When I knew her back in the dark ages, she was the “perfect”, church going, small town, country wife and mother.   She had a great sense of humor and an understated intellect that was much deeper than any of the AH’s family could ever appreciate.

We lost track of each other after my expulsion from the Hatfield’s wagon circle.  The ubiquitous FaceBook allowed us to reconnect.  Turns out, she, too left the oh, so warm environs of the opprobrious Hatfield’s.

The sense of humor is the same but, the Chameleon has changed.  Aside from an ever evolving hairstyle, Chameleon has reinvented herself or rather become, who she was supposed to be – a writer, a photographer, actor, explorer of life and genuinely happy person.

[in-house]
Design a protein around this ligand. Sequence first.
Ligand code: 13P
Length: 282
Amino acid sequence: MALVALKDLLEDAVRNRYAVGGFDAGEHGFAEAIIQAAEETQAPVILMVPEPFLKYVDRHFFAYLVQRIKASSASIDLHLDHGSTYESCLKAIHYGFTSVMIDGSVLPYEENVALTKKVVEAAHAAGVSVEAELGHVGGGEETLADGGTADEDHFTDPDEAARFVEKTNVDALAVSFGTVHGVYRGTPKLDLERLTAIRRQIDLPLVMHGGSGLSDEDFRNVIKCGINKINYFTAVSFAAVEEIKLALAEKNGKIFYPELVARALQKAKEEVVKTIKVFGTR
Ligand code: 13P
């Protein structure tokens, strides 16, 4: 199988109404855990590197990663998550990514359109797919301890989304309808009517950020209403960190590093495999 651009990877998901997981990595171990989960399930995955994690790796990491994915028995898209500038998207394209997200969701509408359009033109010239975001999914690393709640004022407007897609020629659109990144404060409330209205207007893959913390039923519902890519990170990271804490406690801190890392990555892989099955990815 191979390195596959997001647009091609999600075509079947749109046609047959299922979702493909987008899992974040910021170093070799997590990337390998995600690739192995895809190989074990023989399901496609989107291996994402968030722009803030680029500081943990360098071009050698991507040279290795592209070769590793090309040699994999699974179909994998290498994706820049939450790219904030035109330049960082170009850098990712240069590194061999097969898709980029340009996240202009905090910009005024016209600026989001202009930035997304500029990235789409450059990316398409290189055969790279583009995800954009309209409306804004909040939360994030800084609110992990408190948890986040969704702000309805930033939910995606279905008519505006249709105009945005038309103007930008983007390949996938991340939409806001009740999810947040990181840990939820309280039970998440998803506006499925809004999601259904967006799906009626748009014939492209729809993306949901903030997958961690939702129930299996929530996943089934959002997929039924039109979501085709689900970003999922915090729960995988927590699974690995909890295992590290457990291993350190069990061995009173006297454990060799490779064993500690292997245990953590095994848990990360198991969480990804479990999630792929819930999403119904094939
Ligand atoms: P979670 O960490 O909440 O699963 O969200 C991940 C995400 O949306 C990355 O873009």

Beautiful changing colours

What has this to do with my inner alter ego?  I found myself a tad bit jealous that Chameleon had the courage to find, and work toward, being her secret self, while I can’t even pull up an idea of whom I would choose to be for a photo session.

I guess I can placate myself by thinking that she has another inner self to yet reveal – exotic dancer perhaps? 🙂

Still drawing a blank.

Splat is a friend I’ve know for over 30 years.  He’s a special effects make-up artist. Really, he is – for the movies and television (The Patriot, Zombieland, & soon to be released The Three Stooges, among many others).  I remember him back in high school, experimenting with self-made, latex masks and pulling his eyebrows out by accident (always lubricate them first before applying casting materials).